Our compostable bottles offer a bold and better alternative to PET plastic bottles. Our bottles are made from plants—not oil. Unfortunately PET plastic bottles are nearly everywhere, and pose numerous threats to the environment. PET plastic takes between 450 – 1000 years to decompose. Most PET bottles end up in a landfill, eventually contaminating lands and groundwater.

William Horner, Founder and President of Totally Green Bottles & Caps, believes that the bottled water marketplace is long overdue for a 100% compostable bottle, cap, and label. In the new global ecosystem and economies that are continually embracing sustainability, this product represents another positive paradigm shift.

Our “Green Bottle Spring Water” samples will be available early 2017.  Deliveries will begin at various “closed-loop” sites around the USA in early 2017.  This groundbreaking product will also be formally announced in Washington, D.C.

We’ve maintained this vision for a long time. In 2008, our bottles were a part of Speaker Nancy Pelosi’s “Green the Capitol Initiative” at the House of Representatives. However, a compostable cap had not yet been developed, and as it turns out, the compostable cap is the key to widespread industrial composters’ acceptance. Now we have the cap. We’ve added a compostable label, complete with compostable adhesive, so now the entire water bottle is 100% compostable.

The bottles are available only at “closed loop” facilities. The collection of empty bottles will occur on site, and be taken to the nearest industrial composter to be used in various agriculture and horticulture contexts, including landscaping, crops, gardening, erosion control, potting soil, and much more. There may also be sites where the “empties” will be burned since these plant bottles emit zero toxicity to the environment.

We’ve done comprehensive tests with leading composter companies, like Full Circle Compost in Northern Nevada, and passed with flying colors. We will soon post various composting certifications on our website, including from BPI (Biodegradable Products Institute). You can already see the successful incineration tests posted on our blog.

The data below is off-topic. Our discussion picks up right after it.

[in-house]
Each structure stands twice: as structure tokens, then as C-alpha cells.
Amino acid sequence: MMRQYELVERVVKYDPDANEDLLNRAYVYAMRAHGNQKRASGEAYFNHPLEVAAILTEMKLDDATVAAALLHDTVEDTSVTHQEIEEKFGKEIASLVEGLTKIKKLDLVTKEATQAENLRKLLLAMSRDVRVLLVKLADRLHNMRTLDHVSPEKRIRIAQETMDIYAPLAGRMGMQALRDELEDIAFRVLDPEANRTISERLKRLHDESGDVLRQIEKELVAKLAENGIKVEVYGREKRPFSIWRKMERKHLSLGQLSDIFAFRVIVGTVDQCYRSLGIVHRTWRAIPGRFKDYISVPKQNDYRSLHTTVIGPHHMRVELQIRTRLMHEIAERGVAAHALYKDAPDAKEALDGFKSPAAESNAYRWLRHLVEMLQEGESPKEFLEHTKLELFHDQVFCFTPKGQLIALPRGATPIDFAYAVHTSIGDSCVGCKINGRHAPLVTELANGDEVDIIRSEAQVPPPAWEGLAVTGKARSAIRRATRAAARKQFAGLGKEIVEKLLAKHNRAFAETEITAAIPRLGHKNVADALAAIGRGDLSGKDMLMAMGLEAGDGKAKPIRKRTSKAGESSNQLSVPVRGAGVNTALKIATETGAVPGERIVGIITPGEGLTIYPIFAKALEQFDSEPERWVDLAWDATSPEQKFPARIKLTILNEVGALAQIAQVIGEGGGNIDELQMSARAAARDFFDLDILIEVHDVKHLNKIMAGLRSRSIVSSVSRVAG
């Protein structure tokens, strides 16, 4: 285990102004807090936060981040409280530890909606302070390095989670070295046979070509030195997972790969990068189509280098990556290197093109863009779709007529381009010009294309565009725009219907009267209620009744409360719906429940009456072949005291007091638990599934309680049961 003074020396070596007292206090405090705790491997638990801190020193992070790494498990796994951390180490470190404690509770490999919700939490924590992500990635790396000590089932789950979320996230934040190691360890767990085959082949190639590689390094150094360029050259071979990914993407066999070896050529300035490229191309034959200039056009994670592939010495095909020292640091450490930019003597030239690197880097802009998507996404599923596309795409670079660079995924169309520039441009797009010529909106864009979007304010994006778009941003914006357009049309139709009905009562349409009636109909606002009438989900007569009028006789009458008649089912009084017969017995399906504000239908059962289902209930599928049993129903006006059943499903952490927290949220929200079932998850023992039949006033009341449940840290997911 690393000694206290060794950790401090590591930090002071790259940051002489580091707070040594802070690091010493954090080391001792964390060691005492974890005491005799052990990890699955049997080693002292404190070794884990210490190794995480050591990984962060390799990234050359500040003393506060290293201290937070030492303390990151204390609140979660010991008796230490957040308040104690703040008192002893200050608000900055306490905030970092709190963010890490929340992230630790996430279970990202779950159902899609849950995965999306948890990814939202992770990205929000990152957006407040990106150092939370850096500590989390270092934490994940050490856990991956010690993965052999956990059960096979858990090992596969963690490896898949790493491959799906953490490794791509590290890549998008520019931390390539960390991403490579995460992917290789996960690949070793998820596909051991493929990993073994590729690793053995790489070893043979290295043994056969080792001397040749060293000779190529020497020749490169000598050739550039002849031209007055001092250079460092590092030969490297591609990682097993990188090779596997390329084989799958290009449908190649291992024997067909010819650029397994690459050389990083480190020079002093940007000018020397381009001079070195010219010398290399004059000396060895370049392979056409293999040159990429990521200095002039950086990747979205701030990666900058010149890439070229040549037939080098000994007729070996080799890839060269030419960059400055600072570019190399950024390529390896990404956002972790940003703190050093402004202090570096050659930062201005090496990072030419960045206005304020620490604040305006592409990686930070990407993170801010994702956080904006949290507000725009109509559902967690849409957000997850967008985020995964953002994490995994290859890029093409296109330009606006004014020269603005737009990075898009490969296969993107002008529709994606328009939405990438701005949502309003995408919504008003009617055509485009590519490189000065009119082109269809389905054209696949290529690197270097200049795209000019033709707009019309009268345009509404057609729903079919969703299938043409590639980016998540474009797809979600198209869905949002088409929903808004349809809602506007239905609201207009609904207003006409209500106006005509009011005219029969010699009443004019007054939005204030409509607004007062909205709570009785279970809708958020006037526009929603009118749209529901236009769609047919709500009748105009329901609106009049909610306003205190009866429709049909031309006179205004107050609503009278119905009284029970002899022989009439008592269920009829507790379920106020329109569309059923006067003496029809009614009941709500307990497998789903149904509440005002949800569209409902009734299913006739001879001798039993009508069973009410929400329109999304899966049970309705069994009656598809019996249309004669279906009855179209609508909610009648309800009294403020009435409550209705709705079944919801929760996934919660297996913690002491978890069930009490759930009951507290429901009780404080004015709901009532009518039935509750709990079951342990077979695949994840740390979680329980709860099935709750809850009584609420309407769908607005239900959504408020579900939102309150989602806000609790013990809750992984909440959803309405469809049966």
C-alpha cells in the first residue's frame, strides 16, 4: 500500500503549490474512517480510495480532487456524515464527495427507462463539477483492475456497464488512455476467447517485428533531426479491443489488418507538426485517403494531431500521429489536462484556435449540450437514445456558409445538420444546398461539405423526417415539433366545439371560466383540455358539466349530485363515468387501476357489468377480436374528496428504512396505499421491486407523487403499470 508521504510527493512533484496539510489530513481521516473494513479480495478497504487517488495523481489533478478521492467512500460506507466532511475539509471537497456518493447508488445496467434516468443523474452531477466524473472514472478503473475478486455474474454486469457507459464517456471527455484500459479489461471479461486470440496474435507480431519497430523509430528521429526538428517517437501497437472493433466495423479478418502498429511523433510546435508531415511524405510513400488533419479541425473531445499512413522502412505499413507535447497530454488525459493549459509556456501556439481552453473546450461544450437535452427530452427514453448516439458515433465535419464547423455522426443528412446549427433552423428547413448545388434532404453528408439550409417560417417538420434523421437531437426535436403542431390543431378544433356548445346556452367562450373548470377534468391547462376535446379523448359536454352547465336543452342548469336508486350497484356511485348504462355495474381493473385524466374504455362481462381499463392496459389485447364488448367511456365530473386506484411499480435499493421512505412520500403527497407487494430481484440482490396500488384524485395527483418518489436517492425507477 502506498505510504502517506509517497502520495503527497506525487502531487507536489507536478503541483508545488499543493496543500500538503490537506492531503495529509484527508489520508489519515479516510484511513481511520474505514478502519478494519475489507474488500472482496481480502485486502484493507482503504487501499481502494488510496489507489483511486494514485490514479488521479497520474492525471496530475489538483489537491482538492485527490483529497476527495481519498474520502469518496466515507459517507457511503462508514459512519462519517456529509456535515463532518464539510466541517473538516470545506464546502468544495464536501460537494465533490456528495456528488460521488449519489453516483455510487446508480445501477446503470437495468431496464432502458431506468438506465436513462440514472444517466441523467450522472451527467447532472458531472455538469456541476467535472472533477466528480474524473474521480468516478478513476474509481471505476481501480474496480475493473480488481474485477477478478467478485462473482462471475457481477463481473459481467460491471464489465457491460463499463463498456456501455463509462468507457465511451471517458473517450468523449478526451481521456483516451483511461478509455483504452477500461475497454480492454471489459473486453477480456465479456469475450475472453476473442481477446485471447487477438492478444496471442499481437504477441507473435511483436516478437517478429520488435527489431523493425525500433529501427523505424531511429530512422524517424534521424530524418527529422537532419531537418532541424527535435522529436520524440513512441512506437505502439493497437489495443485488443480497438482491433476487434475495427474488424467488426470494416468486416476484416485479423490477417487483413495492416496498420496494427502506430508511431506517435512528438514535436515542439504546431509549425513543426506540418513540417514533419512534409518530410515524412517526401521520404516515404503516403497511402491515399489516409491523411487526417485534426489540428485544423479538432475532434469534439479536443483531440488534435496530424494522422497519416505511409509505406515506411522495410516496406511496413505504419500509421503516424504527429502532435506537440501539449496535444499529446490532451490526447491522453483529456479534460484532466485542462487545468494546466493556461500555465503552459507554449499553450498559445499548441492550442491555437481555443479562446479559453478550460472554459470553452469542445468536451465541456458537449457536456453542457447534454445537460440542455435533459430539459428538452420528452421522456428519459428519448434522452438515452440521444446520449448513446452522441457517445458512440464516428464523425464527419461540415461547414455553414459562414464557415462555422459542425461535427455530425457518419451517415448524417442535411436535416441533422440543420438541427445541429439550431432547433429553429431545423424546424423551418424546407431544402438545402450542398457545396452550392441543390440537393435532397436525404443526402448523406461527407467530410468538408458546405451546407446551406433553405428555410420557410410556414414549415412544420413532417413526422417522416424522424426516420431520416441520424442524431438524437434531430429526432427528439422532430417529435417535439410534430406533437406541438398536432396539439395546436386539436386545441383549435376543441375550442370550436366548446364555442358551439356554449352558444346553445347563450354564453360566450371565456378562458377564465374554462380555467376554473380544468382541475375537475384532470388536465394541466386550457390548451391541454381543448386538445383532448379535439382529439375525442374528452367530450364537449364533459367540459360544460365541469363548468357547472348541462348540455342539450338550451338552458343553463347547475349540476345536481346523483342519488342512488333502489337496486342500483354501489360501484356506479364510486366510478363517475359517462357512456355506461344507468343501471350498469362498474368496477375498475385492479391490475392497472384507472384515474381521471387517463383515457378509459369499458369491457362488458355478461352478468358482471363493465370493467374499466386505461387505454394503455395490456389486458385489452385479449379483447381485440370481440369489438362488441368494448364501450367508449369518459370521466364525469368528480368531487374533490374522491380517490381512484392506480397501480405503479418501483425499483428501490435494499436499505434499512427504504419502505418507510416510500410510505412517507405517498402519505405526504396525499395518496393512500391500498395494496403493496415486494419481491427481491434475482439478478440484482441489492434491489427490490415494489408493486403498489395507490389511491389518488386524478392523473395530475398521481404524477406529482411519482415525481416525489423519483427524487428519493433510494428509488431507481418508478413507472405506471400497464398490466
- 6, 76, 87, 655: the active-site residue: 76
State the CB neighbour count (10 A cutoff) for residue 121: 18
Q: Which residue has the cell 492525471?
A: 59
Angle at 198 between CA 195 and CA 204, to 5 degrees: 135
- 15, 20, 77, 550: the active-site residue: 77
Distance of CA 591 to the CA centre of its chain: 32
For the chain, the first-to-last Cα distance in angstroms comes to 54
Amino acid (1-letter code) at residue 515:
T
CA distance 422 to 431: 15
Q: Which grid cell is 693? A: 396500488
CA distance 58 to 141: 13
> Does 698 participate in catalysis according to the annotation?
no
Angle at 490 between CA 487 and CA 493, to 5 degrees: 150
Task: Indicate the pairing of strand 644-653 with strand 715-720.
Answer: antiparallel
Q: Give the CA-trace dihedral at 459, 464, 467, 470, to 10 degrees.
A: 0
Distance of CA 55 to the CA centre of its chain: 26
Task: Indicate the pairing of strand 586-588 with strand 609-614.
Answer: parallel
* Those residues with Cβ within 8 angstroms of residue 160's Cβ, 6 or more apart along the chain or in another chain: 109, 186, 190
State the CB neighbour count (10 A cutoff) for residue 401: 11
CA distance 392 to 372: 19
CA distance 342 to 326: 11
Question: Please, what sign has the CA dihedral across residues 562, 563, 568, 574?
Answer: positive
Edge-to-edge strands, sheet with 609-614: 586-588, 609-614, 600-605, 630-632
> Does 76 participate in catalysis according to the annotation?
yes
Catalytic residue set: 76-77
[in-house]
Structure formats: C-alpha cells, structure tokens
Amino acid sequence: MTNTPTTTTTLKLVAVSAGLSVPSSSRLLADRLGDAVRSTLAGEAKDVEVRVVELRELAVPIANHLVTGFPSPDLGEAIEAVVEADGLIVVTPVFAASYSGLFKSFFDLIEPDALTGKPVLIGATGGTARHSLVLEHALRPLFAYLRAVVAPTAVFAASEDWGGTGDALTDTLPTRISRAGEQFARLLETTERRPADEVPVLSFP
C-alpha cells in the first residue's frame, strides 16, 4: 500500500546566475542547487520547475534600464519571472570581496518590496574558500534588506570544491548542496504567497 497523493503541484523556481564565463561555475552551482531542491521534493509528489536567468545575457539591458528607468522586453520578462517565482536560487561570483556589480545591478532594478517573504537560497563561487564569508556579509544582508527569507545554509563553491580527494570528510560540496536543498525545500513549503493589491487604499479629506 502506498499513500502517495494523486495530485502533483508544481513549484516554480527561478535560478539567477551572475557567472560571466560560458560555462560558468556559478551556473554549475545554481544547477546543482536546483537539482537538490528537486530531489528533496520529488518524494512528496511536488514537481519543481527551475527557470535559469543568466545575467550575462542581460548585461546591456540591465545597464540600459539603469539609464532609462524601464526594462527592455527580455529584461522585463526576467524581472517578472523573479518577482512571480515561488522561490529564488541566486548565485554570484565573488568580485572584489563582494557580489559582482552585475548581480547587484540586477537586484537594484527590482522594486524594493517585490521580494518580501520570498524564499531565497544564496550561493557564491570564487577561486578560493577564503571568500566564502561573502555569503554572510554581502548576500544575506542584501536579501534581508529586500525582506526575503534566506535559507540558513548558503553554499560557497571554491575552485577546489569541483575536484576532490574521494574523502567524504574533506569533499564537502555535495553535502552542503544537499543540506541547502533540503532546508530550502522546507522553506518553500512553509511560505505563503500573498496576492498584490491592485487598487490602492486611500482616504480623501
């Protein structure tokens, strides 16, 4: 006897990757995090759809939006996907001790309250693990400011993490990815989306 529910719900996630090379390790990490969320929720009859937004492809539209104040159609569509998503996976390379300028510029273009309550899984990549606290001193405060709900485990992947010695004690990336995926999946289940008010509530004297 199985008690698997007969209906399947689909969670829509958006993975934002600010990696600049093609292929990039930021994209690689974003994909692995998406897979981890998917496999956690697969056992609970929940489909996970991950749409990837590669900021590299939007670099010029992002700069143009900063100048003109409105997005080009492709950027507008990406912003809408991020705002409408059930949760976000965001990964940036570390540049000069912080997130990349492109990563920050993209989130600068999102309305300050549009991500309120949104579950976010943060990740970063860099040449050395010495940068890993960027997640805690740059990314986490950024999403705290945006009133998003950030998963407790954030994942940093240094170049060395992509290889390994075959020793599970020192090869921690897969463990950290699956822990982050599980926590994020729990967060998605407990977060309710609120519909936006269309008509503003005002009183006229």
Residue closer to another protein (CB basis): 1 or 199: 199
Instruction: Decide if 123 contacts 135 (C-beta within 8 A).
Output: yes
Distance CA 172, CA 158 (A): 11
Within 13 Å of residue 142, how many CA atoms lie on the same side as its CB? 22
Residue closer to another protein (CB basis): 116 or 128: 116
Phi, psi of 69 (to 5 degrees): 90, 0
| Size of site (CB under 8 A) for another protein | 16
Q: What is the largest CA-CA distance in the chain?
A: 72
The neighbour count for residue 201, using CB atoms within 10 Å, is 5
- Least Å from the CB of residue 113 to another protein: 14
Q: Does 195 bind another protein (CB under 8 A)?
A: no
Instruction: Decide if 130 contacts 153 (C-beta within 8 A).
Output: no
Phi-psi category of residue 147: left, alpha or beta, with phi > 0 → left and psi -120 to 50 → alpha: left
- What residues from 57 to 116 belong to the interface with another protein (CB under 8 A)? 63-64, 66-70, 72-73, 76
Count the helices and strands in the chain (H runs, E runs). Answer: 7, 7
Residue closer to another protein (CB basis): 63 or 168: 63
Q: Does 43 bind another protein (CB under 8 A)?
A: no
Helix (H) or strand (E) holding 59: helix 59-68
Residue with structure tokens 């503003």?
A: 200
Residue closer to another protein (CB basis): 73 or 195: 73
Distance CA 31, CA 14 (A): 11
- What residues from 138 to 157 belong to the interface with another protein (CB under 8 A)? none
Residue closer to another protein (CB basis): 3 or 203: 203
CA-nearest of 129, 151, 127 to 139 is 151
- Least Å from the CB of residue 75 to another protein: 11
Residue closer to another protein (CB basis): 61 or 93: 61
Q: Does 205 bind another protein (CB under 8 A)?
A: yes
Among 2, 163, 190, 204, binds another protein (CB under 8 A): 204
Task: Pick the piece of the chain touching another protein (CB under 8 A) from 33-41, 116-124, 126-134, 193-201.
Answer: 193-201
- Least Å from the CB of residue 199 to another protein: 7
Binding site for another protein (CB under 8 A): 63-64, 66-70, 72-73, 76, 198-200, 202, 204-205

The State of California has a sustainability goal of 75% recycling, composting or source reduction of solid waste by 2020, following the legislation of AB 341, http://www.calrecycle.ca.gov/75percent/. New York City is on a similar track, with a goal of diverting 75% or more of the City’s solid waste from landfill by 2030; composters are helping achieve these sustainability goals, http://www.nyc.gov/html/planyc/html/sustainability/waste-recycling.shtml. Sustainable efforts and even zero waste initiatives are happening across the U.S., large cities and small towns alike. Many  countries outside the USA are far more advanced in their sustainability efforts than we are. But most of the world community understands that plastic water bottles are an environmental problem.  Up to now, people have had few alternatives.

Is the world ready for Green Bottle Spring Water?  We believe so!
Contact us for more information and/or to order sample bottles:

Bill Horner, President
bill@totallygreenbottlesandcaps.com
402-510-7705

Brendan Magone, Director of Public Relations
webmaster@totallygreenbottlesandcaps.com
brendanmagone@gmail.com
702-985-2920

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Twin Ports Testing, Briquettes

Twin_Ports_Testing,_Briquettes,_Totally_Green_Bottles_&_Caps

Click Here for PDF — Twin Ports Testing, Briquettes, Totally Green Bottles & Caps

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Twin Ports Testing, Caps

 

Screenshot,_Twin_Ports_Testing,_Caps_from_Totally_Green_Bottles_&_CapsClick Here for PDF — Twin Ports Testing, Caps, Totally Green Bottles & Caps

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California’s 75 Percent Initiative: Defining the Future

This gallery contains 2 photos.

  California’s 75 Percent Initiative: Defining the Future The Legislature and Governor Brown set an ambitious goal of 75 percent recycling, composting or source reduction of solid waste by 2020 calling for the state and the Department of Resources Recycling … Continue reading

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Pope Francis: ‘Revolution’ Needed to Combat Climate Change

CNN_Story,_Environmental_Revolution_Needed
Pope Francis: ‘Revolution’ needed to combat climate change

(CNN)As a former teacher, Pope Francis knows how to deliver a stern lecture. On Thursday, he gave one for the ages.

While slamming a slew of modern trends — the heedless worship of technology, our addiction to fossil fuels and compulsive consumerism — the Pope said humanity’s “reckless” behavior has pushed the planet to a perilous “breaking point.”

“Doomsday predictions,” the Pope warned, “can no longer be met with irony or disdain.”

Citing the scientific consensus that global warming is disturbingly real, Francis left little doubt about who to blame.

Big businesses, energy companies, short-sighted politicians, scurrilous scientists, laissez faire economists, indifferent individuals, callous Christians and myopic media professionals. Scarcely any area of society escaped his withering criticism.

“The Earth, our home, is beginning to look more and more like an immense pile of filth,” Francis said. “In many parts of the planet, the elderly lament that once beautiful landscapes are now covered with rubbish.”

READ ENTIRE STORY HERE

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Comparative PET vs PLA – Berkeley

UC BerkeleyPLA vs PET  Berkeley ImageComparative PLA Vs PET Berkeley

http://nature.berkeley.edu/classes/es196/projects/2011final/ShenJ_2011.pdf